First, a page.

|SIBELIUS: Symphony No. 1 in E Minor, Op. 39.
Symphony No. 2 in D, Op. 43. Symphony No. 3 in C, Op. 2.
Symphony No. 4 in A minor, Op. 63. Symphony No. 5 in E Flat, Op.
82. Symphony No. 6 in D Minor, Op. 104. Symphony No. 7 in C,
Helsinki Philharmonic Orch/Paavo Berglund, cond.
Our Own Land, Op. 92. The Origin of Fire, Op. 32. Kullervo, Op. 7. The Oceanides, Op. 73. Karelia Suite, Op. 11 (Intermezzo and March). ScËnes historiques: Suite No. 1, Op. 25. Tapiola, Op. 112. Finlandia, Op. 26. Serenade No. 1 in D, Op. 69a. Serenade No. 2, Op. 69b. Luonnotar, Op. 70. Pohjola's Daughter, Op. 49. En saga, Op. 9. King Christian II, Op. 27. The Bard, Op. 64. Spring Song, Op. 16. Lemminkainen Legends, Op. 22 (The Swan of Tuonela and Lemminkainen's Return). PellČas and Melisande Incidental Music. Kuolema, Op. 44 (Valse triste & Scene with Cranes). Swanwhite, Op. 54 (Incidental Music).
Jorma Hynninen, baritone (Origin of Fire); Raili Kostia, soprano and Usko Viitanen, baritone (Kullervo); Taru Valjakka, soprano (Luonnotar); Ida Haendel, violin (Serenades); Academic Choral Society (Our Own Land); State Academic Male Choir of the Estonian SSR; Helsinki University Male Choir (The Origin of Fire/Kullervo); Bournemouth Symphony Orch/Paavo Berglund, cond.
EMI CLASSICS 74485 (8 CDs) (B) TT: 9 hrs. 13 min
BUY NOW FROM AMAZON.
BEETHOVEN: Symphony No. 1 in C, Op. 21.
Symphony No. 2 in D, Op. 36. Symphony No. 3 in E Flat, Op. 55 "Eroica."
Symphony No. 4 in B Flat, Op. 60. Symphony No. 5 in C Minor, Op.
67. Symphony No. 6 in F, Op. 68 "Pastorale."
Symphony No. 7 in A, Op. 92. Symphony No. 8 in F, Op. 93.
Symphony No. 9 in D Minor, Op. 125 "Choral." Grosse Fugue,
Op. 133. Leonore Overtures Op. 138, 72 and 72a. Coriolan
Overture, Op. 62. Prometheus Overture, Op. 43. Piano Concerto
No. 1 in C, Op. 15. Piano Concerto No. 2 in B Flat, Op. 19.
Piano Concerto No. 3 in C Minor, Op. 37. Piano Concerto No. 4 in G,
Op. 58. Piano Concerto No. 5 in E Flat, Op. 73
"Emperor." Fantasia, Op. 80.
MAHLER: Symphony No. 1 in D
"Titan." Symphony No. 2 in C Minor
"Resurrection." Symphony No. 3 in D Minor. Symphony
No. 4 in G. Symphony No. 5 in C# Minor. Symphony No. 6 in A
Minor "Tragic." Symphony No. 7 in E Minor "Song of
the Night." Symphony No. 8 in E Flat "Symphony of a
Thousand." Symphony No. 9 in D Minor. Adagio from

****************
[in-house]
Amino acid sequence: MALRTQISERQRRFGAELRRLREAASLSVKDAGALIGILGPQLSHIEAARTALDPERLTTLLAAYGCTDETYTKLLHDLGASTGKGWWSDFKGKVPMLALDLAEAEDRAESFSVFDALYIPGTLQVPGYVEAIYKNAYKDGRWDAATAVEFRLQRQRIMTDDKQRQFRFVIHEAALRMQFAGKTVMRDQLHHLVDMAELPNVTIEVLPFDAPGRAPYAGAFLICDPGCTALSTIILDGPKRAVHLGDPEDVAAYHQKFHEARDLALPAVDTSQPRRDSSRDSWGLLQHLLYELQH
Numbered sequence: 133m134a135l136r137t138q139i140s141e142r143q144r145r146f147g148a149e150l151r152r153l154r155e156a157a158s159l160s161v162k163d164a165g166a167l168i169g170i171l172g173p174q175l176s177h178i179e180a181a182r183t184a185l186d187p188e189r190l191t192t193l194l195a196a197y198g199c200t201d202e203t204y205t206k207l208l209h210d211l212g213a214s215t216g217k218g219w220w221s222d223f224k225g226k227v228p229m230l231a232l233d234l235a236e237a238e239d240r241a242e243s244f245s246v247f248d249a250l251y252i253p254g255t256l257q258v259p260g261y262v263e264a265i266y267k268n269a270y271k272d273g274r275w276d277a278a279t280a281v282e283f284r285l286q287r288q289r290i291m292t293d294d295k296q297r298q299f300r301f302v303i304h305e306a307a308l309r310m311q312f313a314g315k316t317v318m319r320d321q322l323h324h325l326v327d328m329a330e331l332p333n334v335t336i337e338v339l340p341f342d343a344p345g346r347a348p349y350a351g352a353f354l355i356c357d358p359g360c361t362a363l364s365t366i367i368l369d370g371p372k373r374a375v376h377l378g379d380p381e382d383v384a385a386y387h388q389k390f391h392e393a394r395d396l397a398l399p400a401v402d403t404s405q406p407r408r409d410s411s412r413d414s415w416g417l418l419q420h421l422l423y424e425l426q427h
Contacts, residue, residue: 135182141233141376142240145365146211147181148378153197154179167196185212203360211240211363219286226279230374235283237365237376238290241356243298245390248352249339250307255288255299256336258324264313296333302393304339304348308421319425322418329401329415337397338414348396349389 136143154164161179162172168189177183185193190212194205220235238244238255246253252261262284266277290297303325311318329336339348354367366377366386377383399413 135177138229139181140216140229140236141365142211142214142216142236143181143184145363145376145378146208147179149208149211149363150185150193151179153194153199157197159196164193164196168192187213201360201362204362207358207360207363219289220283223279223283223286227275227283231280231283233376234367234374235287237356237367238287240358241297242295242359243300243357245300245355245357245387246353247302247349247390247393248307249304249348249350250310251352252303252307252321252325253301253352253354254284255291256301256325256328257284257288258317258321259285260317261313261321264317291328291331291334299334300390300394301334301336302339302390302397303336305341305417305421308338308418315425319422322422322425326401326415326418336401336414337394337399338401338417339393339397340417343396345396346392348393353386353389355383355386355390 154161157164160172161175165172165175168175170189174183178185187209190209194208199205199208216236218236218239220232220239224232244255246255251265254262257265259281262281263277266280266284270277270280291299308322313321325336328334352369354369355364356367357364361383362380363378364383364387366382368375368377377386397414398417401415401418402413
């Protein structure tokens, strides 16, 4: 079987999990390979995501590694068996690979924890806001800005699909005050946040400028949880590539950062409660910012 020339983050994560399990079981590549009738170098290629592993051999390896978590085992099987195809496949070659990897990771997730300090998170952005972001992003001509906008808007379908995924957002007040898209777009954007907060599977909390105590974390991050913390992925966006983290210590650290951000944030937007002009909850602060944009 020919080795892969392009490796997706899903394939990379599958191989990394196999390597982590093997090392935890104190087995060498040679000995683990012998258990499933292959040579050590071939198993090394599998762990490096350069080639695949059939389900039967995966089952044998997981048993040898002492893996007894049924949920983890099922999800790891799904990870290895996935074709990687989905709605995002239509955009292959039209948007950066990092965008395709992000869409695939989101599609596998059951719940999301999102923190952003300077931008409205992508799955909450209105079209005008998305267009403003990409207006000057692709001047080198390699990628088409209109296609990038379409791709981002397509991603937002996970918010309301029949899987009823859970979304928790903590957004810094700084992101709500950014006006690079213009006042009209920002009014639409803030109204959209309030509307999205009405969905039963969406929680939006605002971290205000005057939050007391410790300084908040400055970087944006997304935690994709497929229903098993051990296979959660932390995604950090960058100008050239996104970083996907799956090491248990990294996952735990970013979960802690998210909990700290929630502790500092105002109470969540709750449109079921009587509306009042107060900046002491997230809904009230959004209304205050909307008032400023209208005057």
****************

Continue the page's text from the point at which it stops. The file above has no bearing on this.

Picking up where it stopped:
Symphony No. 10.
Three more outstanding bargains for the collector, gathering together performances that have been praised over the years for their quality, authoritative interpretations and generally excellent sonics.
The Beethoven set is essential in any serious collection, offering Otto Klemperer's powerful interpretations of all nine symphonies produced by Walter Legge recorded with the Philharmonia Orchestra from 1955/1957 - plus the five piano concertos and Choral Fantasy with Daniel Barenboim. The concertos are outstanding performances with Barenboim at his best, Klemperer unusually dynamic. Excellent, well-balanced sound.
Paavo Berglund's ideas on Sibelius have been well documented on recordings. He recorded all seven symphonies three times, first with the Bournemouth Symphony Orchestra, second with the Helsinki Philharmonic and more recently with the Chamber Orchestra of Europe. The second set, recorded 1984-1987, is included here. We also have his first (1971) recording of Kullervo, the composer's first major work, and the symphonic poem Tapiola, Op. 112, which was his last. CD notes state that as this multiple-CD set includes both of these it presents "a comprehensive survey" of the composer's output, which is hardly true. The great Violin Concerto isn't included (although the two violin Serenades with Ida Haendel - in their premiere recordings - are), we have only two of the Lemmink”inen Legends, and the familiar Karelia Suite lacks its middle movement. However, what is here is outstanding. You will not find a better recording of Luonnotar (with the magnificent Finnish soprano Taru Valjakka), and the two choral works (Oma maa and Tulen synty) are very welcome. The symphonies and choral pieces are digital recordings, the remainder analog.
What a pleasure it is to have all of Tennstedt's Mahler symphonies together in one inexpensive package sounding better than ever. Symphonies 1 (rec. 1977), 5 (rec. 1978), 9 (rec. 1979) and the Tenth Adagio (rec. 978) are analog recordings but there is little noticeable difference between analog and digital recordings. Soloists in the Eighth sound rather taxed, and for recording purposes a smaller choruses was used - however there still is an appropriately big sound. The only negative aspect to this issue is that it does not include Tennstedt's superb Das Lied von der Erde, with Agnes Baltsa and Klaus K–nig as sterling soloists. All necessary texts are provided.
All three sets are terrific bargains.
R.E.B. (December 2002)